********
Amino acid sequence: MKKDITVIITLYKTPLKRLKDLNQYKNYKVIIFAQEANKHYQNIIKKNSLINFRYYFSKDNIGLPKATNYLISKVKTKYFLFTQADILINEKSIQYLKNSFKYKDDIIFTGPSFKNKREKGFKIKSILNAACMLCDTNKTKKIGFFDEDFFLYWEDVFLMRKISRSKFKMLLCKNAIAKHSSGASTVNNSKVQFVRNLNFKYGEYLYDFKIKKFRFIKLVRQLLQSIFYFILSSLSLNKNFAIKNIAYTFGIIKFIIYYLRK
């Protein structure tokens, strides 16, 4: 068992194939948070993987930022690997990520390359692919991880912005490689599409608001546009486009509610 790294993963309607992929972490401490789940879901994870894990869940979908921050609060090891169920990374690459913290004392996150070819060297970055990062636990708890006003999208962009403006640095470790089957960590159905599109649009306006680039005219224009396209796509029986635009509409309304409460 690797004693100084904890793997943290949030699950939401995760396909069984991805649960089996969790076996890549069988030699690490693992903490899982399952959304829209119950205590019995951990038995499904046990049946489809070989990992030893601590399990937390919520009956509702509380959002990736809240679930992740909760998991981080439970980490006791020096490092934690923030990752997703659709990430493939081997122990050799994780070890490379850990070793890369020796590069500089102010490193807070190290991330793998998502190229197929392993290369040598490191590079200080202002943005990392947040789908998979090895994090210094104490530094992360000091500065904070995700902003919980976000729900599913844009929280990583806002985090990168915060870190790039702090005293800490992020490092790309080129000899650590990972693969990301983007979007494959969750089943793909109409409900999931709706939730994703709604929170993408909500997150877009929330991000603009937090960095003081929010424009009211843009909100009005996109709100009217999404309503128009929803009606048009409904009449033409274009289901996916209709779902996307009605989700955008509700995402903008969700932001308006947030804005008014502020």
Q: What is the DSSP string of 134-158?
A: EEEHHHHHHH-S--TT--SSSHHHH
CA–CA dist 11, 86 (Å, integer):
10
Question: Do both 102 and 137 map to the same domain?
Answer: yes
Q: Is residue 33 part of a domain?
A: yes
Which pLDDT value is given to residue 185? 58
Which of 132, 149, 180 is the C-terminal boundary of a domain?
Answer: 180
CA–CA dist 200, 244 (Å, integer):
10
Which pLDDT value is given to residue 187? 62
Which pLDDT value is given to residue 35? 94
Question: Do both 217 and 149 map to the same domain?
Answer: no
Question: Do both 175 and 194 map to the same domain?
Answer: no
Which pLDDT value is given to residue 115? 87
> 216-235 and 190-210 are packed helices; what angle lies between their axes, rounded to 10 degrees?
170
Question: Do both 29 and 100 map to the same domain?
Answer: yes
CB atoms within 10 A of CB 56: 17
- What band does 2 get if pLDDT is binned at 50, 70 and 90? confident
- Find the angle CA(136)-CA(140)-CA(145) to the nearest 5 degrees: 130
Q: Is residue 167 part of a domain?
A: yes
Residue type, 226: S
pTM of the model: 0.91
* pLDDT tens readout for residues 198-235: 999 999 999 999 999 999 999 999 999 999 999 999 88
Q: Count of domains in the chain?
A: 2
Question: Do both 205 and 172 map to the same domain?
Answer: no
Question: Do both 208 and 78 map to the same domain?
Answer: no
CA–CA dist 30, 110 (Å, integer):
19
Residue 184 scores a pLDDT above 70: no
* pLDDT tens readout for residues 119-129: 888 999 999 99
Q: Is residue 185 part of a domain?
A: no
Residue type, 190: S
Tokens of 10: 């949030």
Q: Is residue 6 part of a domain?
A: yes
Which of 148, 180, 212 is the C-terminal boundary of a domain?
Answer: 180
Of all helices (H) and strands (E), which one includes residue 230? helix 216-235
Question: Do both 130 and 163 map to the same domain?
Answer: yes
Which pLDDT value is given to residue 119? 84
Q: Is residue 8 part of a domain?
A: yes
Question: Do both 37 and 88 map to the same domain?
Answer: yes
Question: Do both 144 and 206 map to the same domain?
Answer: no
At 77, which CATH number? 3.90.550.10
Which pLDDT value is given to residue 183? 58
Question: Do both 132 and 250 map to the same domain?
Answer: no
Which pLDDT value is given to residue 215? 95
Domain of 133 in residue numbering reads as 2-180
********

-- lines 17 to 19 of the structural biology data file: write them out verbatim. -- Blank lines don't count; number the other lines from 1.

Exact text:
Which pLDDT value is given to residue 35? 94
Question: Do both 217 and 149 map to the same domain?
Answer: no